antitrust laws do not empower courts to engineer an economic landscape of small farms and ranches
and modest-sized local grain elevators and packers, or to control price volatility that results from
market forces and not from anticompetitive practices.
8. Statement of Interest on Behalf of the United States, Sitts v. Dairy Farmers of Am., Inc., 2020 U.S.
Dist. LEXIS 111144 (D. Vt. July 27, 2020), available at
9. Id. at 4.
10 Letter from Makan Delrahim, Assistant Atty Gen., U.S. Dep’t of Justice, Antitrust Div., to Martin
M. Toto, White & Case LLP, re National Pork Producers Council Business Review Request Pursuant
to COVID-19 Expedited Procedure, U.S. Dep’t of Justice (May 15, 2020), available a t
11. 15 U.S.C. § 17. The legislative histories of the Clayton Act § 6 and the Capper-Volstead Act, 7
U.S.C. §§ 291-292, are discussed in Maryland & Virginia Milk Producers Ass’n v. United States,
362 U.S. 458, 464-67 (1960), and Fairdale F arms v. Yankee Milk, Inc., 635 F.2d 1037, 1040-44 (2d
In 1922, Congress expanded the cooperative exemption by enacting the Capper-
Volstead Act,12 which provides:
Persons engaged in the production of agricultural products as farmers, planters,
ranchmen, dairymen, nut or fruit growers may act together in associations, corporate or
otherwise, with or without capital stock, in collectively processing, preparing for
market, handling, and marketing in interstate and foreign commerce, such products of
persons so engaged. Such associations may have marketing agencies in common; and
such associations and their members may make the necessary contracts and agreements
to effect such purposes [subject to specified limitations on the organizational structure
of the cooperative].13
Section 2 of the act, however, authorizes the Secretary of Agriculture to proceed
against cooperative associations that have monopolized or restrained trade to such an
extent that the price of any agricultural product is unduly enhanced.14 This
authorization is not exclusive and will not deprive the federal courts of subject matter
jurisdiction where the Secretary does not initiate proceedings.15
Additional statutory exemptions have followed. The Cooperative Marketing Act of
1926 authorizes agricultural producers and associations to acquire and exchange past,
present and prospective pricing, production, and marketing data.16 Internal payments
by cooperatives to their members are exempt from the Robinson-Patman Act.17 The
Agricultural Marketing Agreement Act of 1937 grants an exemption from the antitrust
laws for marketing agreements between the Secretary of Agriculture and processors,
producers, associations of producers, and others engaged in the handling of any
agricultural commodity or product.18 The Agricultural Fair Practices Act of 1967
Cir. 1980). See generally Tigner v. Texas, 310 U.S. 141 (1940). The court in Tigner summarized the
agricultural exemption legislation as based on “a conception of price and production policy for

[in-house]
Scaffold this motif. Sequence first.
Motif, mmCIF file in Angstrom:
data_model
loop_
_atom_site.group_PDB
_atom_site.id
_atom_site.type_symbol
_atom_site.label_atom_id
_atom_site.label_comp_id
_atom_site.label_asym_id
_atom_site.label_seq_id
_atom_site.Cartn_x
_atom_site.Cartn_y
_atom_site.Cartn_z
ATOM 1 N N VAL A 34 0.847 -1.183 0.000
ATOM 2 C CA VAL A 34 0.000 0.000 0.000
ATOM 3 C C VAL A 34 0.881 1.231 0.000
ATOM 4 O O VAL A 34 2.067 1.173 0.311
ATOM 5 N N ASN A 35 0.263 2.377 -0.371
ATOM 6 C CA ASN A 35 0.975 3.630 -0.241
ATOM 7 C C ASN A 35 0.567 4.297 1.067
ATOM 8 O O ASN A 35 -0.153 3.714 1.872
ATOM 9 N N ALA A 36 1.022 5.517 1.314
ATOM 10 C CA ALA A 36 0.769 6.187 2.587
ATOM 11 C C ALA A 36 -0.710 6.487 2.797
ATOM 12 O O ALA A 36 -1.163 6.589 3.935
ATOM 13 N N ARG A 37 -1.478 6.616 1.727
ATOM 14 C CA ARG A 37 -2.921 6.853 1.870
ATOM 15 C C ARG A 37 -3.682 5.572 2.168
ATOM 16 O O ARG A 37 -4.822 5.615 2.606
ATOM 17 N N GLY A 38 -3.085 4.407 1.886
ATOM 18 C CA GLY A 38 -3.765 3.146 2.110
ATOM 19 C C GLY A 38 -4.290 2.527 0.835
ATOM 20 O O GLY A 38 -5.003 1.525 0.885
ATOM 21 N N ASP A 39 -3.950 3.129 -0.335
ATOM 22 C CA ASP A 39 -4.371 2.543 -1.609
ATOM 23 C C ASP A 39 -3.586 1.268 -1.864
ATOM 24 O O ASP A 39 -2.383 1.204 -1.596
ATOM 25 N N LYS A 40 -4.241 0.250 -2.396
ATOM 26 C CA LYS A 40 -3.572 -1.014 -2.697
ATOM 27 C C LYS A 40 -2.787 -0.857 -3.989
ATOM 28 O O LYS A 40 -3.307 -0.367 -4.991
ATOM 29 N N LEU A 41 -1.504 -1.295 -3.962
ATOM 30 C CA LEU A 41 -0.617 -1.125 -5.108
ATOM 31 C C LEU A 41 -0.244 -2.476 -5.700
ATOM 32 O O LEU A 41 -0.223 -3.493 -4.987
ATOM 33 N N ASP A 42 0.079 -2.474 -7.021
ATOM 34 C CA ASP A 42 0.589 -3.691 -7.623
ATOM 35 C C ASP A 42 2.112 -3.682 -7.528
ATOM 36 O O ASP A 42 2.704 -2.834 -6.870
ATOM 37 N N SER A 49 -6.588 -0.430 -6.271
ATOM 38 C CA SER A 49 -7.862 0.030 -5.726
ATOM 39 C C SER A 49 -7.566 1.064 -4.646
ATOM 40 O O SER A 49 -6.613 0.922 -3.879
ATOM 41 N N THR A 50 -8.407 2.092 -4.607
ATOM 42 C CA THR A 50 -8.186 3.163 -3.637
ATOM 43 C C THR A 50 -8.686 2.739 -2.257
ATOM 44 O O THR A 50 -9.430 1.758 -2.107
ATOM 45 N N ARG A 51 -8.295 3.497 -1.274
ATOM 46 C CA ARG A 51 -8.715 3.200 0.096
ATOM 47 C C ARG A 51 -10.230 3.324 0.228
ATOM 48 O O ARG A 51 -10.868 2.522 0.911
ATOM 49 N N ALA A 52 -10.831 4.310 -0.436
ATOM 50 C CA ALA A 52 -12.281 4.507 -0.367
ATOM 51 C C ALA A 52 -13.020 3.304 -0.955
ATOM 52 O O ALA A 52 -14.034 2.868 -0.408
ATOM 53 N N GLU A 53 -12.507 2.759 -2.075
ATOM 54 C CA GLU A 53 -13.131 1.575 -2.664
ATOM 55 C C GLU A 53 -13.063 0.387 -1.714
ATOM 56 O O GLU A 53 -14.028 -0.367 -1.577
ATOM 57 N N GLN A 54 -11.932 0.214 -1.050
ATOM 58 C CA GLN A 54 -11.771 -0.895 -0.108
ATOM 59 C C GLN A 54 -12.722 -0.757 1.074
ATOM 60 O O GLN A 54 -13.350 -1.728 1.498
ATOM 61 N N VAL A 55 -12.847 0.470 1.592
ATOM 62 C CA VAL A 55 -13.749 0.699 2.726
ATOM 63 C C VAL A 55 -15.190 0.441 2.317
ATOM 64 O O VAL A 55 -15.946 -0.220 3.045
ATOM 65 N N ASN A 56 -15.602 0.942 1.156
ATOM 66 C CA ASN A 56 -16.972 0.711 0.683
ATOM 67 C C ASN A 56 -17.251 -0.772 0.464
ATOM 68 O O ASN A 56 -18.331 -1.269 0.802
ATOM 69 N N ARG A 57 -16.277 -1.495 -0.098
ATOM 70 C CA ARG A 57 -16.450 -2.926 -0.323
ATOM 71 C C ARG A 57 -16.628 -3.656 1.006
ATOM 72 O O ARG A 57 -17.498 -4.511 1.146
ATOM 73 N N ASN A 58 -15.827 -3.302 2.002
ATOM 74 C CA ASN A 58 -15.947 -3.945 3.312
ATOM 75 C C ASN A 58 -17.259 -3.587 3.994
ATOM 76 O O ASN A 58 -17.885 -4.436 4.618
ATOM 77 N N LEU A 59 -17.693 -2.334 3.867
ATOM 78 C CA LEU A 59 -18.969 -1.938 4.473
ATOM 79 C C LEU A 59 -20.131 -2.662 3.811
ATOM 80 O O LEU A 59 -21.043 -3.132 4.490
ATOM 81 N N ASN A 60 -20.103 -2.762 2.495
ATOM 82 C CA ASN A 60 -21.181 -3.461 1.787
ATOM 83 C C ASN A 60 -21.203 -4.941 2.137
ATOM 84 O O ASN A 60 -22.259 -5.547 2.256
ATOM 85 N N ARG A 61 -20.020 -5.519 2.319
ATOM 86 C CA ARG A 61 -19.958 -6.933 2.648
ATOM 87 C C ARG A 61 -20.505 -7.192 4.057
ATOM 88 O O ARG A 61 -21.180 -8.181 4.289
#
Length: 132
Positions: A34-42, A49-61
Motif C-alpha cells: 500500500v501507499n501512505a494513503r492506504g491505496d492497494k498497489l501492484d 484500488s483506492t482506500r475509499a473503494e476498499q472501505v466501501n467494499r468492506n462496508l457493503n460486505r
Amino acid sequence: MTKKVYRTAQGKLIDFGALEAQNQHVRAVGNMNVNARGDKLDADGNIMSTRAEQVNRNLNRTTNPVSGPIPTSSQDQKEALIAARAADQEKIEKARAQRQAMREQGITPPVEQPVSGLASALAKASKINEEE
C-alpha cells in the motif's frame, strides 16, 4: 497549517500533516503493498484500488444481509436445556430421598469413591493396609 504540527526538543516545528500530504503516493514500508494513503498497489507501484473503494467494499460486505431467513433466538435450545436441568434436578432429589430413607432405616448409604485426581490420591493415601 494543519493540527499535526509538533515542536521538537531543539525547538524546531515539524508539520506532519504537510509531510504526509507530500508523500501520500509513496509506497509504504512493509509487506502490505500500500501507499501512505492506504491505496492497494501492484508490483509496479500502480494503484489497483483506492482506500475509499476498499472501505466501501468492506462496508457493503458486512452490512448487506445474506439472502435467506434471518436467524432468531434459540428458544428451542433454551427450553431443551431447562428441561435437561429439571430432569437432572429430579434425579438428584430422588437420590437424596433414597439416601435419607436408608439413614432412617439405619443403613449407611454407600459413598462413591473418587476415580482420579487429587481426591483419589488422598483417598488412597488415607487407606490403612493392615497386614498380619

agriculture very different from that which underlies the demands made upon industry and commerce
by antitrust laws.” Id. at 145-46 (footnote omitted).
12. 7 U.S.C. §§ 291-292. In 1934, fishermen were also granted the right to form cooperatives by the
Fisherman’s Collective Marketing Act, 15 U.S.C. §§ 521-22, which was patterned after the Capper-
Volstead Act.
13. 7 U.S.C. § 291. The Third Circuit has held that while the Capper-Volstead Act provides an
exemption from some provisions of the antitrust laws (which can be characterized as “immunity
from liability”), it does not provide “immunity from civil suit,” and thus a district court order denying
the protections of the act is not a collateral order subject to interlocutory review. In re Mushroom
Direct Purchaser Antitrust Litig., 655 F.3d 158, 167 (3d Cir. 2011).
14. Id. § 292.
15. United States v. Borden, 308 U.S. 188, 206 (1939) (“We find no ground for saying that this limited
procedure is a substitute for the provisions of the Sherman Act, or has the result of permitting the
sort of combinations and conspiracies here charged unless or until the Secretary of Agriculture takes
action.”); see also Maryland & Va. Milk Producers Ass’n v. United States, 362 U.S. 458, 462-463
(1960); Edwards v. National Milk Producers Fedn, 2012 U.S. Dist. LEXIS 100513 (N.D. Cal.
16. Id. § 455.
17. 15 U.S.C. § 13b; 7 U.S.C. § 207(f).
18. 7 U.S.C. § 608b; see, e.g., United States v. Rock Royal Coop., 307 U.S. 533 (1939); In re Midwest
Milk Monopolization Litig., 380 F. Supp. 880, 885 (W.D. Mo. 1974) (limiting exemption to
marketing agreements and not marketing orders); Ice Cream Liquidation, Inc. v. Land O’Lakes, Inc.,
253 F. Supp. 2d 262 (D. Conn. 2003) (following Midwest Milk). But see Chiglades Farm v. Butz,
485 F.2d 1125, 1131 (5th Cir. 1973) (exemption also applies to marketing orders). See genera lly
Berning v. Gooding, 820 F.2d 1550, 1552 (9th Cir. 1987) (administrative committee not liable under
Clayton Act for its recommendations to Secretary of Agriculture pursuant to Agricultural